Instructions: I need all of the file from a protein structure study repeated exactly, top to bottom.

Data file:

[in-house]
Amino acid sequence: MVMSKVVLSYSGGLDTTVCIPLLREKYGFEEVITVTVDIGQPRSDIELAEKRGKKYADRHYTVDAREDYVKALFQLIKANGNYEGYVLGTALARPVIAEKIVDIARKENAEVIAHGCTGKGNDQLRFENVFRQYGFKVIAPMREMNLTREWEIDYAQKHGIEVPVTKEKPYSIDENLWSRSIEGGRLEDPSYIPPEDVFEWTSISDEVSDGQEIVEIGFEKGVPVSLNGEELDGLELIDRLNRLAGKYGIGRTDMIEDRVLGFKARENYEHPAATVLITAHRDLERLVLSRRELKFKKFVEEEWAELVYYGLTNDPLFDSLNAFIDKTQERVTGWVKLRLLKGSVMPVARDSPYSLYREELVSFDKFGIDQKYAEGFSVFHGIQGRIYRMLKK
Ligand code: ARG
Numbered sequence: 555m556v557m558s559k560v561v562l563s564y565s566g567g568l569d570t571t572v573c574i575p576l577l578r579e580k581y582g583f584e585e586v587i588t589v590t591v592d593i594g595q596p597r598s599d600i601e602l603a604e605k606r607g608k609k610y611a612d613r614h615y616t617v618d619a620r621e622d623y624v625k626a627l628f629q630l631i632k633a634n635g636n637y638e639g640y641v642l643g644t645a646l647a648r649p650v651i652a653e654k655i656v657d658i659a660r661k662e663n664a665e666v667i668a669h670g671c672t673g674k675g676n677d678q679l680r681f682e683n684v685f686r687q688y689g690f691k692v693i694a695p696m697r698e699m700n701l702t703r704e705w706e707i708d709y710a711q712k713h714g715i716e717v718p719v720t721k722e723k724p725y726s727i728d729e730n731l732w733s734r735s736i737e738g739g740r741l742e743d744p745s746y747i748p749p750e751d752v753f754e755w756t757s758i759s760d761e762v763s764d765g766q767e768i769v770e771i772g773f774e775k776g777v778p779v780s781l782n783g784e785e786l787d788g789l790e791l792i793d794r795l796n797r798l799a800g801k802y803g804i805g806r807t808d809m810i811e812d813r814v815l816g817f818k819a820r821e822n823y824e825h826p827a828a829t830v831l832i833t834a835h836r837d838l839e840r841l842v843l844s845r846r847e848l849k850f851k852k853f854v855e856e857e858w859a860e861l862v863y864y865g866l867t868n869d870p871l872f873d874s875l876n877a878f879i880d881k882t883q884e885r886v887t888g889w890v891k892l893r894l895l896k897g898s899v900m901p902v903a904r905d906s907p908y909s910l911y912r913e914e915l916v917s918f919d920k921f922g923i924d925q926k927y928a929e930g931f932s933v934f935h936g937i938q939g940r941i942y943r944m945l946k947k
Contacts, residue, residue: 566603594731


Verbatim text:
[in-house]
Amino acid sequence: MVMSKVVLSYSGGLDTTVCIPLLREKYGFEEVITVTVDIGQPRSDIELAEKRGKKYADRHYTVDAREDYVKALFQLIKANGNYEGYVLGTALARPVIAEKIVDIARKENAEVIAHGCTGKGNDQLRFENVFRQYGFKVIAPMREMNLTREWEIDYAQKHGIEVPVTKEKPYSIDENLWSRSIEGGRLEDPSYIPPEDVFEWTSISDEVSDGQEIVEIGFEKGVPVSLNGEELDGLELIDRLNRLAGKYGIGRTDMIEDRVLGFKARENYEHPAATVLITAHRDLERLVLSRRELKFKKFVEEEWAELVYYGLTNDPLFDSLNAFIDKTQERVTGWVKLRLLKGSVMPVARDSPYSLYREELVSFDKFGIDQKYAEGFSVFHGIQGRIYRMLKK
Ligand code: ARG
Numbered sequence: 555m556v557m558s559k560v561v562l563s564y565s566g567g568l569d570t571t572v573c574i575p576l577l578r579e580k581y582g583f584e585e586v587i588t589v590t591v592d593i594g595q596p597r598s599d600i601e602l603a604e605k606r607g608k609k610y611a612d613r614h615y616t617v618d619a620r621e622d623y624v625k626a627l628f629q630l631i632k633a634n635g636n637y638e639g640y641v642l643g644t645a646l647a648r649p650v651i652a653e654k655i656v657d658i659a660r661k662e663n664a665e666v667i668a669h670g671c672t673g674k675g676n677d678q679l680r681f682e683n684v685f686r687q688y689g690f691k692v693i694a695p696m697r698e699m700n701l702t703r704e705w706e707i708d709y710a711q712k713h714g715i716e717v718p719v720t721k722e723k724p725y726s727i728d729e730n731l732w733s734r735s736i737e738g739g740r741l742e743d744p745s746y747i748p749p750e751d752v753f754e755w756t757s758i759s760d761e762v763s764d765g766q767e768i769v770e771i772g773f774e775k776g777v778p779v780s781l782n783g784e785e786l787d788g789l790e791l792i793d794r795l796n797r798l799a800g801k802y803g804i805g806r807t808d809m810i811e812d813r814v815l816g817f818k819a820r821e822n823y824e825h826p827a828a829t830v831l832i833t834a835h836r837d838l839e840r841l842v843l844s845r846r847e848l849k850f851k852k853f854v855e856e857e858w859a860e861l862v863y864y865g866l867t868n869d870p871l872f873d874s875l876n877a878f879i880d881k882t883q884e885r886v887t888g889w890v891k892l893r894l895l896k897g898s899v900m901p902v903a904r905d906s907p908y909s910l911y912r913e914e915l916v917s918f919d920k921f922g923i924d925q926k927y928a929e930g931f932s933v934f935h936g937i938q939g940r941i942y943r944m945l946k947k
Contacts, residue, residue: 566603594731